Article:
Book Review: Where We Go From Here by Lucas Rocha
An absorbing debut novel about three gay friends in Brazil whose lives become intertwined in the face of HIV, perfect for fans of Adam Silvera and Bill Konigsberg.
Ian has just been diagnosed with HIV.
Victor, to his great relief, has tested negative.
Henrique has been living with HIV for the past three years.
When Victor finds himself getting tested for HIV for the first time, he can’t help but question his entire relationship with Henrique, the guy he has — had — been dating. See, Henrique didn’t disclose his positive HIV status to Victor until after they had sex, and even though Henrique insisted on using every possible precaution, Victor is livid.
That’s when Victor meets Ian, a guy who’s also getting tested for HIV. But Ian’s test comes back positive, and his world is about to change forever. Though Victor is loath to think about Henrique, he offers to put the two of them in touch, hoping that perhaps Henrique can help Ian navigate his new life. In the process, the lives of Ian, Victor, and Henrique will become intertwined in a story of friendship, love, and self-acceptance.
Set in Rio de Janeiro, Brazil, this utterly engrossing debut by Brazilian author Lucas Rocha calls back to Alex Sanchez’s Rainbow Boys series, bringing attention to how far we’ve come with HIV, while shining a harsh light on just how far we have yet to go.
TL; DR: GET THIS BOOK ON YOUR ORDERS AND TBR LISTS.
Originally published in 2018 in Brazilian Portuguese, this powerful look at three young men and the different stages they are at in dealing with and accepting their own HIV statuses and those of people they love stands out because of the complicated feelings of its main characters.
Those feelings easily transfer to the reader. When Henrique and Victor get involved, Henrique doesn’t disclose his HIV positive status to Victor, even when they sleep together. Henrique justifies this choice because they have protected sex and because his viral load is undetectable at this point, meaning he can’t transmit the virus. Unsurprisingly, Victor is upset at this revelation, and still goes to get tested, to be on the safe side. It’s there at the clinic he meets Ian, who just found out he is HIV positive. He connects Ian with Henrique, knowing that even though he’s currently upset with Henrique, he will be a good shoulder to lean on as Ian grapples with his new status.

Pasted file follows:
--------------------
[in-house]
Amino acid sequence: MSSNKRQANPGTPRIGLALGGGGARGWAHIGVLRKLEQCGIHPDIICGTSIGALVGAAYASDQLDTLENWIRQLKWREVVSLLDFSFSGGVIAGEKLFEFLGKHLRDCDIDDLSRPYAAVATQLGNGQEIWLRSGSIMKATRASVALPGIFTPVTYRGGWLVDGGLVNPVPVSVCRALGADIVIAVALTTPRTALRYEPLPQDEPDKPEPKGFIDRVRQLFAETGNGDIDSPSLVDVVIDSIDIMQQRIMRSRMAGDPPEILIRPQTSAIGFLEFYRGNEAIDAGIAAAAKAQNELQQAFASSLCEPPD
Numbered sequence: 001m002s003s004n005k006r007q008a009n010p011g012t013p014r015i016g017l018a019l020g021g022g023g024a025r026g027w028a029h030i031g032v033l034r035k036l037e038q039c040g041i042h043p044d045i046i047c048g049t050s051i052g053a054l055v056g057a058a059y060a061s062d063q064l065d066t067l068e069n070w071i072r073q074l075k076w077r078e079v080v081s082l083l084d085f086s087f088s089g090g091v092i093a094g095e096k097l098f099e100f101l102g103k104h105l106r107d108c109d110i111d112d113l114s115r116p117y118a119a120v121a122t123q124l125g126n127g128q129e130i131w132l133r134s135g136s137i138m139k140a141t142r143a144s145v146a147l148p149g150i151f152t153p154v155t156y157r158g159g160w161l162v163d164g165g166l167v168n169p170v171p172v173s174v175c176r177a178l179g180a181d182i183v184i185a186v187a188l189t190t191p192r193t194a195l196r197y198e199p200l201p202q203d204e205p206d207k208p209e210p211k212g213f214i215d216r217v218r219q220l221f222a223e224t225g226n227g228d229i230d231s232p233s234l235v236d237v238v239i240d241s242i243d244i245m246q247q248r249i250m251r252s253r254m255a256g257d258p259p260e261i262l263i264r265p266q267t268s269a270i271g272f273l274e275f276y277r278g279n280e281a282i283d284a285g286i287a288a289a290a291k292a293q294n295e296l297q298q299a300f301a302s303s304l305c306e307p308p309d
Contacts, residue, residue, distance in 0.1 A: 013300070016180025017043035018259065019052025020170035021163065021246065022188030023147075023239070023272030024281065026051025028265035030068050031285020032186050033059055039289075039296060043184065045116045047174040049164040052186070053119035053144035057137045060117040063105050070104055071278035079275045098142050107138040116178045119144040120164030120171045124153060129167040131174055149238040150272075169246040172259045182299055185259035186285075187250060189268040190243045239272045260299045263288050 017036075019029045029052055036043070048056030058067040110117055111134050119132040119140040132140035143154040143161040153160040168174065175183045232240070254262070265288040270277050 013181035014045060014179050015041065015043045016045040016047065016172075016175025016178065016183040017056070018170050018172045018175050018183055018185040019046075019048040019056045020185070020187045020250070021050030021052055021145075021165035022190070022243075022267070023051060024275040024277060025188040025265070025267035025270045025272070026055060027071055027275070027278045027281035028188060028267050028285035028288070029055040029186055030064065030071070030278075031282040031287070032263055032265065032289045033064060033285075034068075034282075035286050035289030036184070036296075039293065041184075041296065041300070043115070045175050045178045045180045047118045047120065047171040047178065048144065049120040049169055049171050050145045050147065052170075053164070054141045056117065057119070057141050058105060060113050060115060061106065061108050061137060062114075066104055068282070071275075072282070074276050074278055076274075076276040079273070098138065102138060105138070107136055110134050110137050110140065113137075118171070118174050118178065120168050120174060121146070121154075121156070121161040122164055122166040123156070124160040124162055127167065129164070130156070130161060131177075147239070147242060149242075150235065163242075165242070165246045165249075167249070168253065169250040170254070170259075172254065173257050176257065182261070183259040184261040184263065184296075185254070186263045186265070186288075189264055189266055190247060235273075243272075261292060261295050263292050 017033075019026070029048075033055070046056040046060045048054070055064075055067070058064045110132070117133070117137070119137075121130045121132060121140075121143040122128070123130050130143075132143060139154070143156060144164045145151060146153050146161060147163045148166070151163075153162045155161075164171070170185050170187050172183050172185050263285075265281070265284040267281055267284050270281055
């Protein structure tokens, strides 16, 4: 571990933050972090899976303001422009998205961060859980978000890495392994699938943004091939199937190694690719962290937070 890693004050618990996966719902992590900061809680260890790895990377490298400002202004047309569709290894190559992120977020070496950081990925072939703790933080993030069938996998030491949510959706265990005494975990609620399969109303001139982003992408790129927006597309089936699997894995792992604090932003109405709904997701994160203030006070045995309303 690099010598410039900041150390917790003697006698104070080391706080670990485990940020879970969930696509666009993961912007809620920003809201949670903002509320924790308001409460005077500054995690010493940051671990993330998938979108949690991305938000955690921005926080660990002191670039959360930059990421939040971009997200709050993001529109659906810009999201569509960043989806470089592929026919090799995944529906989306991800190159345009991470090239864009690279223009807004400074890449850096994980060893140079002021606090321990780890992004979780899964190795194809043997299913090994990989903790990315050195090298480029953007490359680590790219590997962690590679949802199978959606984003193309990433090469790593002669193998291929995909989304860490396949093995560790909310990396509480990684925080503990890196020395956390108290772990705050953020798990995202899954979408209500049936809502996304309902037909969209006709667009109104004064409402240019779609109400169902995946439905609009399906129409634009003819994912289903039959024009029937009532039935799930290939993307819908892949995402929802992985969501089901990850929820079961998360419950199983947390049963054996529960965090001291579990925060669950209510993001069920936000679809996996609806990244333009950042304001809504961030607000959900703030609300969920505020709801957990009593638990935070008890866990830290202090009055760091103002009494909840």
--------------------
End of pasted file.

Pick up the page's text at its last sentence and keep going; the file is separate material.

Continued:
It’s reductive to say that this novel is just about processing feelings regarding HIV, but in this very character-driven story, it really is about learning, understanding, working through, sharing, and accepting these feelings. Ian feels guilty and stupid and scared. Henrique is still reeling from a horrible betrayal from a former boyfriend. Victor feels betrayed by Henrique and at one point has a melt down, telling Henrique that his HIV status is his fault, that it’s a consequence for his choices, for not being “careful.” Friends in the boys’ atmosphere are supportive, loving, reassuring, and accepting. Throughout the story, Ian and others are reminded that HIV is no longer necessarily a death sentence. Readers learn about the virus, with lots of talk about treatments (now generally much simpler than in the past), side effects, self-care, futures, and precautions. Though initially Ian encounters a medical practitioner who doesn’t exactly make him feel reassured about any of this, for the most part, doctors and therapists are great, providing information and hope. Even a very ugly incident regarding someone exposing one of the characters’ HIV status is handled in a way that emphasizes the love, support, and acceptance these characters are fortunate to have (despite not necessarily seeing that love from their families of origin or even sharing their status with them).
This emotional read shows that already complicated relationships can become more complicated when HIV is involved, but that that diagnosis doesn’t spell doom and gloom for the characters. Rocha lets his characters make mistakes, learn, fight, grow, change, accept, hurt, heal, and love. An educational, affirming story full of hope and love.
Review copy (ARC) courtesy of the publisher
Publisher: Scholastic, Inc.
Publication date: 06/02/2020
Age Range: 14 – 17 Years
Filed under: Uncategorized
About Amanda MacGregor
Amanda MacGregor works in an elementary library, loves dogs, and can be found on Twitter @CiteSomething.
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